- By Alan Richard
WHY HALL & OATES MATTER
Updated: Apr 5, 2020
Rooted in Philly soul, the duo blended folk, rock, country, and new wave into their own irresistible sound.
Daryl Hall and John Oates met backstage at Philadelphia’s Adelphi Ballroom club, where they waited with other musicians to appear on a local showcase. A gang fight broke out, so all of the night’s performers packed themselves into a freight elevator to escape the fray.
Hall, whose given name was actually Hohl, was the unlikely, skinny, strawberry-blonde lead singer of The Temptones, an all-white doo-wop and R&B group who scored a local hit with the song, “Girl I Love You.”
Oates kept running into Hall at Temple University, where they were both students, and eventually became a Temptone himself.
“I was doing folk music in a coffee house… and then I’d play in an R&B band in a sharkskin suit,” Oates said in the VH1 Classic mini-documentary Daryl Hall: Soul Man.
Hall says it was Oates’ interested in bluegrass, folk and blues music that turned him on to more acoustic, singer-songwriter influences. He realized those styles could be soulful, as well. That’s when “I really got it,” he said. “That’s mountain soul… I was trying to mix all that up.”
For his own part, Hall had become friends with The Temptations as they rose to stardom from the streets of Philadelphia. “They were an outrageous influence on me,” Hall said. He joined them on the road some, “trying to be their assistant,” picking up their suits at the cleaners and grabbing their coffee.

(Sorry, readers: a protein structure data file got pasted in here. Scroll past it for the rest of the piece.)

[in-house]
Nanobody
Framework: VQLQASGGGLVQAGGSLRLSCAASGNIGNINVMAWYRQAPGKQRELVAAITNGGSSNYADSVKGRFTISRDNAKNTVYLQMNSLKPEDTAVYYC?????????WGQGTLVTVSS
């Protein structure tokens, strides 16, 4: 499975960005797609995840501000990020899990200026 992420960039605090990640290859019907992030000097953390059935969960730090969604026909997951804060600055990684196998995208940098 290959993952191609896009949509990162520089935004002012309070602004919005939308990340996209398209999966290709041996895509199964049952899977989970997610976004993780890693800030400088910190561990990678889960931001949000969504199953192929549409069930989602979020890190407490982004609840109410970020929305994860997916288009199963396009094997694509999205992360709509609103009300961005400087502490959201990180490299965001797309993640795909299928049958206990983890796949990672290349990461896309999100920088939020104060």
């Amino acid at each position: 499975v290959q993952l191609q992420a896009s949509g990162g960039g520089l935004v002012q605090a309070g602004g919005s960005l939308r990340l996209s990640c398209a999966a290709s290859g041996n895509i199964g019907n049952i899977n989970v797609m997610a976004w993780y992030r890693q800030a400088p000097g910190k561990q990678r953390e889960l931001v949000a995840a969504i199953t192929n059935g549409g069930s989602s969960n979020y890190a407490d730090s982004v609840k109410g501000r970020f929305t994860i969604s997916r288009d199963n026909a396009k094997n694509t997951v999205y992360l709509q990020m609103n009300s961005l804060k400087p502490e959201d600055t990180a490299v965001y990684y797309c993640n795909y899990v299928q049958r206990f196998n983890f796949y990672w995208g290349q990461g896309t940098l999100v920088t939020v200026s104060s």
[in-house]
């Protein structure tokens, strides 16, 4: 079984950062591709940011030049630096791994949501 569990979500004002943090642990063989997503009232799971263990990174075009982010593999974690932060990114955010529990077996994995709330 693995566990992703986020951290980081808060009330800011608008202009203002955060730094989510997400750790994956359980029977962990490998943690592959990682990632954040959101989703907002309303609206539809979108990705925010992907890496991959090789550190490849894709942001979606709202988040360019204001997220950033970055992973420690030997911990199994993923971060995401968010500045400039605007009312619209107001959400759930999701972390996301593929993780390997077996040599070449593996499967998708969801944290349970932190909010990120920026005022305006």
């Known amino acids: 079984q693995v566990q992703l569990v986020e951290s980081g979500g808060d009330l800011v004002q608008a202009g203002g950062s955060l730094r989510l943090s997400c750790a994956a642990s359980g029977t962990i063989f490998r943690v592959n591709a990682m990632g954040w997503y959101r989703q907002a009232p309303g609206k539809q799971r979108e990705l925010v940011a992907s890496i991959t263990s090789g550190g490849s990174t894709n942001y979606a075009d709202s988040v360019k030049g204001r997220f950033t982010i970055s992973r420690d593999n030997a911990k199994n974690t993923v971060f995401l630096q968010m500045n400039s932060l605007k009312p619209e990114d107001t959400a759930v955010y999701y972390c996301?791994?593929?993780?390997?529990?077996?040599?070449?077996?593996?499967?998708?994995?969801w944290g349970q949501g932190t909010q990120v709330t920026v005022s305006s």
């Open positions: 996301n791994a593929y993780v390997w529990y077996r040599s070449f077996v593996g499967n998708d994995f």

“After the show, they would just go and sing gospel sings and stuff,” Hall said. “I felt that was something I belonged doing.”
“It was really a lot of interracial interaction, and it’s why I sing the kind of music that I sing,” he continued. “There’s been a lot of misunderstanding over the years by people who can’t even imagine that.”
At their best (especially during their early-to-mid 1970s work and the early 1980s), Hall & Oates reflect what America's popular music should be about: Rooted in tradition, finding your modern voice, and blending these styles into something your own. Hall and Oates come by their music honestly, for the most part, because of their adoration and respect for Philadelphia soul.
Hall’s vocals and creative ad libs make him among the most compelling voices in rock ‘n roll, or rock 'n soul, drawing from Philly Soul singers of the 1970s such as The O’Jays’ Eddie Levert, The Spinners’ Bobby Smith and Phillipe’ Wynne, and of course The Temptations’ bluesy David Ruffin and soaring falsetto Eddie Kendricks.
This is apparent even on some of Hall and Oates’ biggest hits, such as “Kiss On My List” and “You Make My Dreams,” which bounces with unforgettable hooks, driven especially by guitarist G.E. Smith (later the longtime leader of the Saturday Night Live house band).
In an old TV clip shown during the documentary, a host asked Hall whether there’s a difference in white and black music.